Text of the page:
Kiddosphere: September is Hispanic Heritage Month
As someone who loves learning about — and from — cultures and communities, I couldn’t pass up a chance to blog about my favorite children’s and YA books that focus on Hispanic heritage. Starting as Hispanic Heritage Week in 1968 under the Johnson administration and expanded to a 30-day celebration by proclamation from President Reagan, Hispanic Heritage Month celebrates the history and cultures of South America, Central America,Spanish-speaking Caribbean nations, and Spain from September 15-October 15 (September 15-16 marks the anniversaries of independence for many Hispanic countries).
Biblioburro: A True Story from Colombia is the remarkable story behind Luis Soriano’s determination to enrich the lives of rural Colombian children with books. It’s an inviting and sobering look at the lack of access to books and education that many children face.
Although there are many children’s books about Cesar Chavez, Cesar, si se puede!=Yes, We Can is one of the most eye-opening and comprehensive titles available. Told through free verse, this collection of poems is illuminating and revealing (the included historical essay also enriches the poetry).
Dear Primo: A Letter to My Cousin was my first introduction to Duncan Tonatiuh’s incomparable artwork, which is inspired by pre-Columbian/Mixtec art from the Mexican states of Oaxaca, Guerrero, and Puebla. Admittedly, it took me a bit to warm to it, but I now look forward to each new Tonatiuh title with great anticipation. Dear Primo follows the lives of two cousins who live very different lives in the United States and Mexico. Although their everyday experiences are unique, they are eager to meet each other and are united by their friendship.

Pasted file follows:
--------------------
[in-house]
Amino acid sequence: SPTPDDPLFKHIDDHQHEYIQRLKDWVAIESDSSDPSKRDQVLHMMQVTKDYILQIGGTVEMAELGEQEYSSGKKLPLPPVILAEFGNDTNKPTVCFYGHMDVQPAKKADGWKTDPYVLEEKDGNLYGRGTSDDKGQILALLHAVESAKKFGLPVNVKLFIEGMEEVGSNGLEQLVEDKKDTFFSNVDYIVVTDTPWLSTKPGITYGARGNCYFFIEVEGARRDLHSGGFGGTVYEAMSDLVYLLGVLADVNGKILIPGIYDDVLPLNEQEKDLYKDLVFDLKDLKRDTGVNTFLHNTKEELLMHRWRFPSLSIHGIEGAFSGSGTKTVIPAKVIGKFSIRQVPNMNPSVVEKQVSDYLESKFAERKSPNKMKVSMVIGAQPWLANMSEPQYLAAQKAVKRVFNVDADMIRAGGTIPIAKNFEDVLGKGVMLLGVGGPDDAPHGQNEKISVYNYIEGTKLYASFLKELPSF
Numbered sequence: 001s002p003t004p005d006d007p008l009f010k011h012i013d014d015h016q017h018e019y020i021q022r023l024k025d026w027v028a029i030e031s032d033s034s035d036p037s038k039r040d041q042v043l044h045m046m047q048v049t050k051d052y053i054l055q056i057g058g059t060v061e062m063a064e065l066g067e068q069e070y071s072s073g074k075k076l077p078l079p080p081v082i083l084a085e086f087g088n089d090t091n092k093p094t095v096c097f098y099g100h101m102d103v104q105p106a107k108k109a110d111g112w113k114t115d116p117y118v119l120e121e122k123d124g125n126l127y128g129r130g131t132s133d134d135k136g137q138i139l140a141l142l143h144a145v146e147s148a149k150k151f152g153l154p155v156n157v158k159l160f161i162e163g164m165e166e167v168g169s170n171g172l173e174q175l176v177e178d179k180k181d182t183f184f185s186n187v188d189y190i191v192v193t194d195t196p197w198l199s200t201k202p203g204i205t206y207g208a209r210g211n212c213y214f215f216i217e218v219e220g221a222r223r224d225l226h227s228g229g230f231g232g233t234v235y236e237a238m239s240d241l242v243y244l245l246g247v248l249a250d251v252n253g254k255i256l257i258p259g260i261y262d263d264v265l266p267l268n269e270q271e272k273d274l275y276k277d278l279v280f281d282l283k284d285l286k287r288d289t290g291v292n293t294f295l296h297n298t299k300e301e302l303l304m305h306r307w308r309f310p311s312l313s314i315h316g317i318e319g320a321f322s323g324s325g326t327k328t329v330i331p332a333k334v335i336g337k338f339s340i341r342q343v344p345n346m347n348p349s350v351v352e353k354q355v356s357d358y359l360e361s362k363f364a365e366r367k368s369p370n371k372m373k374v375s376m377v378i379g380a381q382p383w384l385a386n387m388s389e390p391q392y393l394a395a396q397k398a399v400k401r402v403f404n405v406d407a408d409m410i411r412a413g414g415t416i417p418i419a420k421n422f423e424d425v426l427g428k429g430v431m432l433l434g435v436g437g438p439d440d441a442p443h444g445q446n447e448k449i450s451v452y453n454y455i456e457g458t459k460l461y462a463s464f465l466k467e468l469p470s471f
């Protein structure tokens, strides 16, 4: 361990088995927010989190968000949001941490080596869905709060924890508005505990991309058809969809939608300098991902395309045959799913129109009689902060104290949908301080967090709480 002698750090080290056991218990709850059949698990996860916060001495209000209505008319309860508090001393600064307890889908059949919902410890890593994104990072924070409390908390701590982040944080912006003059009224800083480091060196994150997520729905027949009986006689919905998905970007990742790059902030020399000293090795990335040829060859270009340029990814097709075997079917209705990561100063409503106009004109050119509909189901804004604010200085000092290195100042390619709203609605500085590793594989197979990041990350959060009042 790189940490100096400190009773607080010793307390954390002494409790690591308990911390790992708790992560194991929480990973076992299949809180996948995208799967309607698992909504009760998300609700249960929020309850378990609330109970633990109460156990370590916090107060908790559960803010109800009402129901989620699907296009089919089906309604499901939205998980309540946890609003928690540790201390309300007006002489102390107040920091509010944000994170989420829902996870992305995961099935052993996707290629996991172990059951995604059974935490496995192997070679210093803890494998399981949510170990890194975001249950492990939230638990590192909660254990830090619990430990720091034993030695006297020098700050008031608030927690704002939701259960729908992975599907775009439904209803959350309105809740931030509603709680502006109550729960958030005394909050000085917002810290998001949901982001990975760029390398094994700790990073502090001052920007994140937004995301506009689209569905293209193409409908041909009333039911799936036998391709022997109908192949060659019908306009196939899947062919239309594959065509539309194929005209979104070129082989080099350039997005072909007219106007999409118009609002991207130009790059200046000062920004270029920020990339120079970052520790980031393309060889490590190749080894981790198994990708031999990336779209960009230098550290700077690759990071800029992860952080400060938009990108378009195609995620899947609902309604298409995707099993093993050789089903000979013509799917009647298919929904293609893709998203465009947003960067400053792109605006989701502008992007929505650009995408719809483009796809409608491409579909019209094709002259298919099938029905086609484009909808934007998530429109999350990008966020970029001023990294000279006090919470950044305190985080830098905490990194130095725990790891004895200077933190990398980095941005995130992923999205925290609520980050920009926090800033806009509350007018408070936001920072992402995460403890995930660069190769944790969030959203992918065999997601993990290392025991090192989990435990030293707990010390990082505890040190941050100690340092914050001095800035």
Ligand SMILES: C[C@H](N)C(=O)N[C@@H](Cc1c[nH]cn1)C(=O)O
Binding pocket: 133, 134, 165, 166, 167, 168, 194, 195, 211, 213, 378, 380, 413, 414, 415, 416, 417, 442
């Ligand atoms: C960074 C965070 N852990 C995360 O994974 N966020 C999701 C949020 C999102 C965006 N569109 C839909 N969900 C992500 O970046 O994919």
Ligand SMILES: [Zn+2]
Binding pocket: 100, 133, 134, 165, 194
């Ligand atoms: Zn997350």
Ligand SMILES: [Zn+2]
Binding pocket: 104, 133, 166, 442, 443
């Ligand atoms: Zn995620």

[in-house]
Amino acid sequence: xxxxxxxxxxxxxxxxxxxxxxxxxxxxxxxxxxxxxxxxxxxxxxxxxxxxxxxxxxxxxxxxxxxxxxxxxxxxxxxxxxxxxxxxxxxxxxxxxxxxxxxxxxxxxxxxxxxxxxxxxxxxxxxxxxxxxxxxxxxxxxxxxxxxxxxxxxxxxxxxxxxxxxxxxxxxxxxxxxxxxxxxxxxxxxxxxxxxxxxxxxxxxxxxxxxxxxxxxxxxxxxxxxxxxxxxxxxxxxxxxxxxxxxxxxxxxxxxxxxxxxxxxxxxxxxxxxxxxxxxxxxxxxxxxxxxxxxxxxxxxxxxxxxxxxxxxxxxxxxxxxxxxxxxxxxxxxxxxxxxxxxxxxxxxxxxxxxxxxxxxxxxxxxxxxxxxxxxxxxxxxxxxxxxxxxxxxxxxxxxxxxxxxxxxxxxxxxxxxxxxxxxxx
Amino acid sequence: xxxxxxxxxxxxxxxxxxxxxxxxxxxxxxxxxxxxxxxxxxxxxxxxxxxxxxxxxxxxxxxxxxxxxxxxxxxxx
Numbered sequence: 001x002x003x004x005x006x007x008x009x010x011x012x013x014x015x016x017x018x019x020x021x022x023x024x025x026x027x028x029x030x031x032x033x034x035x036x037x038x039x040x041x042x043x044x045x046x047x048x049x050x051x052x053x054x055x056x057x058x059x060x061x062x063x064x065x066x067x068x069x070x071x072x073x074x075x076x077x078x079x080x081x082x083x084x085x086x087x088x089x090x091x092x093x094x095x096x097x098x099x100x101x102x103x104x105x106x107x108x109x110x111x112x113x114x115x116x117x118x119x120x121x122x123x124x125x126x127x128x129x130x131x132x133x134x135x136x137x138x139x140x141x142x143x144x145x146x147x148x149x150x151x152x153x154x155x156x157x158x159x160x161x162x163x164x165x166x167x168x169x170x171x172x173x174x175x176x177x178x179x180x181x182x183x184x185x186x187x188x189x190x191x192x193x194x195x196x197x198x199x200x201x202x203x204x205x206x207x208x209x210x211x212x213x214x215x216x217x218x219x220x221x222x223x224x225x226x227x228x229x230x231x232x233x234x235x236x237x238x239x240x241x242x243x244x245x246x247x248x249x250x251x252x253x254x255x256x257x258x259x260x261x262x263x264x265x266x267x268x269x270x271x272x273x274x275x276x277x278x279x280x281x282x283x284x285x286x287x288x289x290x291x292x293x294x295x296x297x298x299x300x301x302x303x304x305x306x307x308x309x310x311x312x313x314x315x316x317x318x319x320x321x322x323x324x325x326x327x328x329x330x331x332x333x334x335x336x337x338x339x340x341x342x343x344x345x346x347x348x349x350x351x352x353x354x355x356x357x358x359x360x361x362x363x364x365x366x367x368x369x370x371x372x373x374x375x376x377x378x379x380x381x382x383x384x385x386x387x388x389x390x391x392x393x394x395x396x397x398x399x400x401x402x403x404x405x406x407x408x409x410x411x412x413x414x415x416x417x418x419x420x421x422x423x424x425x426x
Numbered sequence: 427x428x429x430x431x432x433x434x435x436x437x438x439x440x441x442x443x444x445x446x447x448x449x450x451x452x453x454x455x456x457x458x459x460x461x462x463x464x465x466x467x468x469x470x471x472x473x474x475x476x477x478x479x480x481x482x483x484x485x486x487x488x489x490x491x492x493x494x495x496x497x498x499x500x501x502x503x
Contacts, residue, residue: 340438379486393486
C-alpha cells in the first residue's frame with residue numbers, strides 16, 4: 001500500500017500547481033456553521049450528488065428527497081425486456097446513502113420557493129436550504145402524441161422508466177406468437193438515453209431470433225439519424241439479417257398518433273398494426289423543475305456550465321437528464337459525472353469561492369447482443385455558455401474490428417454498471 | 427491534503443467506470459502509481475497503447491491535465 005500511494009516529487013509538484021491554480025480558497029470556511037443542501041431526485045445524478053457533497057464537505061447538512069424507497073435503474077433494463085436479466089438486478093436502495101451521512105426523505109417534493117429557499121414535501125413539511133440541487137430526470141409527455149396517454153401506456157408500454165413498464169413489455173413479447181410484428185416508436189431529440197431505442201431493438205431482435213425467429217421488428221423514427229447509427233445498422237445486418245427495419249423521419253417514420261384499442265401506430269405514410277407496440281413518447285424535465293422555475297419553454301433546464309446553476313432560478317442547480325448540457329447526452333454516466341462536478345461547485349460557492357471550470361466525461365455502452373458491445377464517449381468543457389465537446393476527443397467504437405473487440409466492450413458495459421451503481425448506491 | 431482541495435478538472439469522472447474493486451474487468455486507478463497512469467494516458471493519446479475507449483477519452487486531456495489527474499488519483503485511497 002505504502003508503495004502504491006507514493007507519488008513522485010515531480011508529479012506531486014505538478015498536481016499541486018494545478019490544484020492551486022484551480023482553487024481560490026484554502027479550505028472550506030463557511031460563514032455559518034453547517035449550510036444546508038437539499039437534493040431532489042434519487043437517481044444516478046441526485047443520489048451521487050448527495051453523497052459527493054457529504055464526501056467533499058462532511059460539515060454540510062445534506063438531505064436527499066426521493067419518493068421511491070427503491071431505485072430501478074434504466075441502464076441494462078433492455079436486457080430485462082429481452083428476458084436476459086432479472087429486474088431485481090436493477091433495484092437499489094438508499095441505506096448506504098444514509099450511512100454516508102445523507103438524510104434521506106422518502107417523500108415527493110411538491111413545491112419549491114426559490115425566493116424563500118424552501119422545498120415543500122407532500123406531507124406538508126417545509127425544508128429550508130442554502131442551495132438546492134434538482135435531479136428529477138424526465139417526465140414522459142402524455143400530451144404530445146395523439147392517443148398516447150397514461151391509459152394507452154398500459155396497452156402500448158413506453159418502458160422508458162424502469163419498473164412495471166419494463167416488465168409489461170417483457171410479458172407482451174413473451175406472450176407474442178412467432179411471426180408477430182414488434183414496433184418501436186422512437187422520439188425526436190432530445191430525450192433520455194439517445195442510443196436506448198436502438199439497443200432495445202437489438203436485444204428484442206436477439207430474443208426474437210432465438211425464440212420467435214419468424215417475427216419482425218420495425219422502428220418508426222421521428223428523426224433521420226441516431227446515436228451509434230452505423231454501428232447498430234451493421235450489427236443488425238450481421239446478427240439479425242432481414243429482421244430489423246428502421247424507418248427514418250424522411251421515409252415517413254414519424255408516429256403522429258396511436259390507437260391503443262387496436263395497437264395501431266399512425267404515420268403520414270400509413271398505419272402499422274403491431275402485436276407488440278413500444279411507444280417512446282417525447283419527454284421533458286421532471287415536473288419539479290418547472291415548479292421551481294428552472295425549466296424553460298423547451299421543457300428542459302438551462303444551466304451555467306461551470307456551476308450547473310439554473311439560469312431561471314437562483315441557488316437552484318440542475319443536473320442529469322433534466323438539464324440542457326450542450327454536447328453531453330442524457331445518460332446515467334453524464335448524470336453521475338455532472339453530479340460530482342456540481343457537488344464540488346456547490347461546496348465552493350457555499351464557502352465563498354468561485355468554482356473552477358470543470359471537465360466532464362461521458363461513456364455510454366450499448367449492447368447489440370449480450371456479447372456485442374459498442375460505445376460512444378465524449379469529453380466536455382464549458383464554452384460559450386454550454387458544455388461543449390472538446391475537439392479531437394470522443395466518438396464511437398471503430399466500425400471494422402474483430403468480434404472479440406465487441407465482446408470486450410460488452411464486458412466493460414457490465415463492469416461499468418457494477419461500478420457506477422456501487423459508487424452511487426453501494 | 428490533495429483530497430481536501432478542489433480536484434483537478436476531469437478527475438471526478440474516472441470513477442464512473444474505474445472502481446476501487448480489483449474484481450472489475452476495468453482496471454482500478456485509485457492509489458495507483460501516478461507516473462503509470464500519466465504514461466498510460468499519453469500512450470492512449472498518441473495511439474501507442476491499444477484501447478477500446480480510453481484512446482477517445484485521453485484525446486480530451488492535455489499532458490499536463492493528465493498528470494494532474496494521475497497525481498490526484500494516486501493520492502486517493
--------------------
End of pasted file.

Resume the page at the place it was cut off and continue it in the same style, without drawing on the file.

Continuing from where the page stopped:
As a fan of Margarita Engle’s historical free verse novels set in Cuba (and her unforgettable Mountain Dog), it’s hard to choose just one favorite from her work. Enchanted Air just might be it; her revealing memoir about her childhood in Los Angeles during the Cuban Missile Crisis is a much-needed addition to historical literature for children and young adults. Torn between two cultures (and fearful for her family back in Cuba), this is also a fantastic coming-of-age memoir that many readers will relate to and appreciate.
Pam Munoz Ryan’s moving tale of a young Mexican girl and her mother working in Depression-era labor camps has become a modern classic, with many classrooms incorporating it into their history lessons. If you’ve already read Esperanza Rising, then you definitely need to read Ryan’s other titles. Just try to choose a favorite!
Russell Freedman’s astonishing body of work covers a multitude of subjects (his latest on the anti-Nazi resistance movement known as the White Rose Society is a must-read); through In the Days of the Vaqueros: America’s First True Cowboys, readers learn that Mexican ranch hands instructed American cowboys on herding and roping techniques; the American cowboys also copied their outfits, tools, and even their slang. (Some Tex-Mex foods, such as burritos, are thought to have originated with the vaqueros, although there are other origin stories for the burrito.)